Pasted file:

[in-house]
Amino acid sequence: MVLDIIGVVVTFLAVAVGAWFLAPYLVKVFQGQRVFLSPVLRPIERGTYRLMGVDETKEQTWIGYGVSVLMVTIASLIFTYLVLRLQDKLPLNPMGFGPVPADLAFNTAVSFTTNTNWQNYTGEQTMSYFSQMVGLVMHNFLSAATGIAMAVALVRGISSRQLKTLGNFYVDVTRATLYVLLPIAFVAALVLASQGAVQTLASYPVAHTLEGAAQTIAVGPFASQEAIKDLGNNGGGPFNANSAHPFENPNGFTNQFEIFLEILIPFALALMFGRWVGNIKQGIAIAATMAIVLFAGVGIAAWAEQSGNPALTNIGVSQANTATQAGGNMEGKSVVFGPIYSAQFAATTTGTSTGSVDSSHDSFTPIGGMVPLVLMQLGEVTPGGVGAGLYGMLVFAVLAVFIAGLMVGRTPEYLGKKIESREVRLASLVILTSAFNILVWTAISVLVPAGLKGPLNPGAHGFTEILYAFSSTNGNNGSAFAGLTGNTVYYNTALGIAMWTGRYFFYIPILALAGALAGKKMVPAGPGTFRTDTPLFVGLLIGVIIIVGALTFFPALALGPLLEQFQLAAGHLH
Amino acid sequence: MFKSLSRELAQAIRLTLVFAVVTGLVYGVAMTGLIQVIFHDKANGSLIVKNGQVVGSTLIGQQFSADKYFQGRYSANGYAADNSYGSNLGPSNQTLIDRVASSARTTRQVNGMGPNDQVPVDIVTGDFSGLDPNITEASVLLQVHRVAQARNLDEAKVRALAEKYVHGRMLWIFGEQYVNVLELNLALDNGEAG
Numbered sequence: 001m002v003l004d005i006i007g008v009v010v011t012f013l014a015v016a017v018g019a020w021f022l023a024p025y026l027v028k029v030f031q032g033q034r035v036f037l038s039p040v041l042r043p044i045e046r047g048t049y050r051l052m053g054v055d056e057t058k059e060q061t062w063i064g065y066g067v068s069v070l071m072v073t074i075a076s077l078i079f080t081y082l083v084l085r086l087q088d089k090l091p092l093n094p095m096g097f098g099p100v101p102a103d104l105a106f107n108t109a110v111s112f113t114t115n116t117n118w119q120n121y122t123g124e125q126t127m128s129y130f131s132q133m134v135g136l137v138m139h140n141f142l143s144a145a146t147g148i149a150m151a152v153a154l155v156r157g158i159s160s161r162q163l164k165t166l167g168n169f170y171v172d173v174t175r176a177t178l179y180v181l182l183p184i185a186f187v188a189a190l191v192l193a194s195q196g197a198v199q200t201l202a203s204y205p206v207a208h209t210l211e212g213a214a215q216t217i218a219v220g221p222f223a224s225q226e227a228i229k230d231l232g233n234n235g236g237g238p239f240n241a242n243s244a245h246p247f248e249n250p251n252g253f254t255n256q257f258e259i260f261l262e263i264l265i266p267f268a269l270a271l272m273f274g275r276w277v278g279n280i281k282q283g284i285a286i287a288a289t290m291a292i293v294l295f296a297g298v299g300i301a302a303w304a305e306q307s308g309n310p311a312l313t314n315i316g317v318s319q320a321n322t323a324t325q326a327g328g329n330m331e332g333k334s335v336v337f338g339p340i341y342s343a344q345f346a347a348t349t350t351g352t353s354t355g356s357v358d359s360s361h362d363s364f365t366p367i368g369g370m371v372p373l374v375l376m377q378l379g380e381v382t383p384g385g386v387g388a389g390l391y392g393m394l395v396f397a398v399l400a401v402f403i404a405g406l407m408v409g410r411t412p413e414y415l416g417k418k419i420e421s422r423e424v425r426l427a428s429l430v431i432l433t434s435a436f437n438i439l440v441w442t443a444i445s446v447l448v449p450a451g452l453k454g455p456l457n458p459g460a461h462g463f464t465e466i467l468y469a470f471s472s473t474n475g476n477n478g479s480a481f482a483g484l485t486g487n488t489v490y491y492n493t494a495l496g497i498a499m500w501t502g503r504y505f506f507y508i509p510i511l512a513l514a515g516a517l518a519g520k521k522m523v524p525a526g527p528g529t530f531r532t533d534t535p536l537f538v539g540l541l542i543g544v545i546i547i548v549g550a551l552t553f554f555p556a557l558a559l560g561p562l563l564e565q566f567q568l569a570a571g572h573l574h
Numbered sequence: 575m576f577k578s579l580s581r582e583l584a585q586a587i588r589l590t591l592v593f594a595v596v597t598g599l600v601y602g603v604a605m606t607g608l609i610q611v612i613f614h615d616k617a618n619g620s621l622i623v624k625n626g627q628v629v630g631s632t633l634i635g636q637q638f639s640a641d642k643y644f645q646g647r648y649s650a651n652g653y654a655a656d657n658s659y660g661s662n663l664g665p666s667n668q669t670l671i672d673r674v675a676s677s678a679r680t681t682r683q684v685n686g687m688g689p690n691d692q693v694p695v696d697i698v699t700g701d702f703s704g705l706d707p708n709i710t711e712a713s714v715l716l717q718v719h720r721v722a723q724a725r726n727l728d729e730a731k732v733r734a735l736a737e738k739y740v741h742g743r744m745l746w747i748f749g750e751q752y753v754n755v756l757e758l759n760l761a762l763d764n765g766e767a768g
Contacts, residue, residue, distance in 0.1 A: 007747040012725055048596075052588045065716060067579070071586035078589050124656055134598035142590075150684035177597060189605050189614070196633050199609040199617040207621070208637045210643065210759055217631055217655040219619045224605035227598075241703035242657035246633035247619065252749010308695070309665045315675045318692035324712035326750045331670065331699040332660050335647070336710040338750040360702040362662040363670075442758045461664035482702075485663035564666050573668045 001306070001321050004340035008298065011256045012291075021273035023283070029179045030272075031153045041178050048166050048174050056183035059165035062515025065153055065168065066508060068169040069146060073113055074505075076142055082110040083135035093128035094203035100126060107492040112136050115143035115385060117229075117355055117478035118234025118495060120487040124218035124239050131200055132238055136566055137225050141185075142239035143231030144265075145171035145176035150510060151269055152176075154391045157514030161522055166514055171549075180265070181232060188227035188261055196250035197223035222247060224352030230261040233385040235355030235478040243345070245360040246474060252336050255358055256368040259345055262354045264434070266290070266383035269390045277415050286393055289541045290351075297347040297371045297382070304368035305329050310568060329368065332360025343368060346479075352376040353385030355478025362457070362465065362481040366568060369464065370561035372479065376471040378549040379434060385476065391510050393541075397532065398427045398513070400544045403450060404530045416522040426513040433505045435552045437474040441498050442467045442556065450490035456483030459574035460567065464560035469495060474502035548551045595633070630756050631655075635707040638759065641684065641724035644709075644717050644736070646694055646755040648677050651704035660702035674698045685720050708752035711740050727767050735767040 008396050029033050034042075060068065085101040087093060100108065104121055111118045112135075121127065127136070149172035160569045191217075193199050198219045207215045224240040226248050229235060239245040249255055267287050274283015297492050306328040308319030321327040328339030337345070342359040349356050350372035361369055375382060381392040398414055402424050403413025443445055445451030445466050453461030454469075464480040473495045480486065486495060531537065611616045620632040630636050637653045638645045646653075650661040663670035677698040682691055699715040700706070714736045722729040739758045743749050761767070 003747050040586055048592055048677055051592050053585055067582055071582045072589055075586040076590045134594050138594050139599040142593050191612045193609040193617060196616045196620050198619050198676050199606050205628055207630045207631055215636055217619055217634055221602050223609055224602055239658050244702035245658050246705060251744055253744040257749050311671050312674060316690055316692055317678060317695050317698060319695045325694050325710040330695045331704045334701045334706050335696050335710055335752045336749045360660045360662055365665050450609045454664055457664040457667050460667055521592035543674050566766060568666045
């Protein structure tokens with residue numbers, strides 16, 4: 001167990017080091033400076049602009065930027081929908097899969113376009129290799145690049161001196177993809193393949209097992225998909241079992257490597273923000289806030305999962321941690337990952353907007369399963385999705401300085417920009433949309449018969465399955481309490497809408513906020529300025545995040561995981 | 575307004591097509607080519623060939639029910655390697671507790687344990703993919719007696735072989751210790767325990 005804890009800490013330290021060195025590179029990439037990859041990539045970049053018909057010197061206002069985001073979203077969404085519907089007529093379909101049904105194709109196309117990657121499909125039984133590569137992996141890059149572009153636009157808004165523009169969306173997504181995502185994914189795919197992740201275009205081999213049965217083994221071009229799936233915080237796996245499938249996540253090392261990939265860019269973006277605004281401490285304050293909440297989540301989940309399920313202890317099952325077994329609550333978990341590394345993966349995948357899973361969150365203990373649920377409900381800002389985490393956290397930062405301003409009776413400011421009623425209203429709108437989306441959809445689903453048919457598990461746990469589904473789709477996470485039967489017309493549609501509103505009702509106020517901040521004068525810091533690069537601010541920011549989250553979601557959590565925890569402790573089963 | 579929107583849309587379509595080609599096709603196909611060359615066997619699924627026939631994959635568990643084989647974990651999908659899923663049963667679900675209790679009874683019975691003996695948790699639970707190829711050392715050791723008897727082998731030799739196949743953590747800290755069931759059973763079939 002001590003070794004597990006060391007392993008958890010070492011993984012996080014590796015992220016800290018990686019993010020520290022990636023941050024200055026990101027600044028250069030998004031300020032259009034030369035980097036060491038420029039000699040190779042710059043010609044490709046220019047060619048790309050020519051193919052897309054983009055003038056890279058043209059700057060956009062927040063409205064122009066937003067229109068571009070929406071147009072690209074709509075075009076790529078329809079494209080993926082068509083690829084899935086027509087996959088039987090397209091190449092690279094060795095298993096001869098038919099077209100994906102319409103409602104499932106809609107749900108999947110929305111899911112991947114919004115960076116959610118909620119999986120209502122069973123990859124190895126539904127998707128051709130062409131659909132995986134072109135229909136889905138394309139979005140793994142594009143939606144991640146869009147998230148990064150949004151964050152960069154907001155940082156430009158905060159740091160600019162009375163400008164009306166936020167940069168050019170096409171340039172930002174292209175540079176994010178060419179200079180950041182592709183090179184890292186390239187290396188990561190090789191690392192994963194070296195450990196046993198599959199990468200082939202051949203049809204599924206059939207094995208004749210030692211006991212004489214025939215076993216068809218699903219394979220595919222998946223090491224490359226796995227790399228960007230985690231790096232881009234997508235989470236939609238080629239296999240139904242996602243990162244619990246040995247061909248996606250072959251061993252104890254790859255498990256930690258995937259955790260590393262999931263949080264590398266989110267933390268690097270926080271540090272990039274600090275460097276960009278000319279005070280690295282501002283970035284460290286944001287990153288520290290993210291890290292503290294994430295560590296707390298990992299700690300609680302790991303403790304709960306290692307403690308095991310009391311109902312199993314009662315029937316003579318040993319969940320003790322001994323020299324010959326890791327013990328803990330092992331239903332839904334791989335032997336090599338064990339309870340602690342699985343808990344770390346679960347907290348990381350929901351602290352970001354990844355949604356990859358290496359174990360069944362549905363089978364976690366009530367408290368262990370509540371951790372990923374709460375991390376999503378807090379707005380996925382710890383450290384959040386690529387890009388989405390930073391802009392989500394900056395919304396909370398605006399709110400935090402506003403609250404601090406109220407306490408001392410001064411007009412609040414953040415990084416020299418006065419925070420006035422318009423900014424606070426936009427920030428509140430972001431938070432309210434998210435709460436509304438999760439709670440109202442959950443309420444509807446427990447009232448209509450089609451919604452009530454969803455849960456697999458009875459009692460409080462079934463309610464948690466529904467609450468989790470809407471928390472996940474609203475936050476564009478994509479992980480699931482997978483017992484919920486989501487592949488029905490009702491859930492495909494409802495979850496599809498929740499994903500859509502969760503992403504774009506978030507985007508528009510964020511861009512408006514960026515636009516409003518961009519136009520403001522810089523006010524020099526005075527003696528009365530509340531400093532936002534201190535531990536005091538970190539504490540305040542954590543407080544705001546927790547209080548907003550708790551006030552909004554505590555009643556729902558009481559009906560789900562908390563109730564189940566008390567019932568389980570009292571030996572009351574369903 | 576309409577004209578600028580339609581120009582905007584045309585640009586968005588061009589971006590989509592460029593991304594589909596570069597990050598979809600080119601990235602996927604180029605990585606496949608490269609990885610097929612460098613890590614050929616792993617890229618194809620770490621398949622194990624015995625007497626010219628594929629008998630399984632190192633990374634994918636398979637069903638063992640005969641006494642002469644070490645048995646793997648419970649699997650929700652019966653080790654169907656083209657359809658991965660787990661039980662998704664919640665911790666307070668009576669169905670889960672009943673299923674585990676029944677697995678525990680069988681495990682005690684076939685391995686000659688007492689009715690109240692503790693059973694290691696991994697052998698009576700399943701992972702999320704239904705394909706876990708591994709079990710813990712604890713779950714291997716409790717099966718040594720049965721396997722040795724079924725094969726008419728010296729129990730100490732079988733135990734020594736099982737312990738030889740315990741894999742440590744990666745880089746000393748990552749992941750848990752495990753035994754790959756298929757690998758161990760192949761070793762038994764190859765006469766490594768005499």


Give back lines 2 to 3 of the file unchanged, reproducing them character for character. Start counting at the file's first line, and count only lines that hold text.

Amino acid sequence: MVLDIIGVVVTFLAVAVGAWFLAPYLVKVFQGQRVFLSPVLRPIERGTYRLMGVDETKEQTWIGYGVSVLMVTIASLIFTYLVLRLQDKLPLNPMGFGPVPADLAFNTAVSFTTNTNWQNYTGEQTMSYFSQMVGLVMHNFLSAATGIAMAVALVRGISSRQLKTLGNFYVDVTRATLYVLLPIAFVAALVLASQGAVQTLASYPVAHTLEGAAQTIAVGPFASQEAIKDLGNNGGGPFNANSAHPFENPNGFTNQFEIFLEILIPFALALMFGRWVGNIKQGIAIAATMAIVLFAGVGIAAWAEQSGNPALTNIGVSQANTATQAGGNMEGKSVVFGPIYSAQFAATTTGTSTGSVDSSHDSFTPIGGMVPLVLMQLGEVTPGGVGAGLYGMLVFAVLAVFIAGLMVGRTPEYLGKKIESREVRLASLVILTSAFNILVWTAISVLVPAGLKGPLNPGAHGFTEILYAFSSTNGNNGSAFAGLTGNTVYYNTALGIAMWTGRYFFYIPILALAGALAGKKMVPAGPGTFRTDTPLFVGLLIGVIIIVGALTFFPALALGPLLEQFQLAAGHLH
Amino acid sequence: MFKSLSRELAQAIRLTLVFAVVTGLVYGVAMTGLIQVIFHDKANGSLIVKNGQVVGSTLIGQQFSADKYFQGRYSANGYAADNSYGSNLGPSNQTLIDRVASSARTTRQVNGMGPNDQVPVDIVTGDFSGLDPNITEASVLLQVHRVAQARNLDEAKVRALAEKYVHGRMLWIFGEQYVNVLELNLALDNGEAG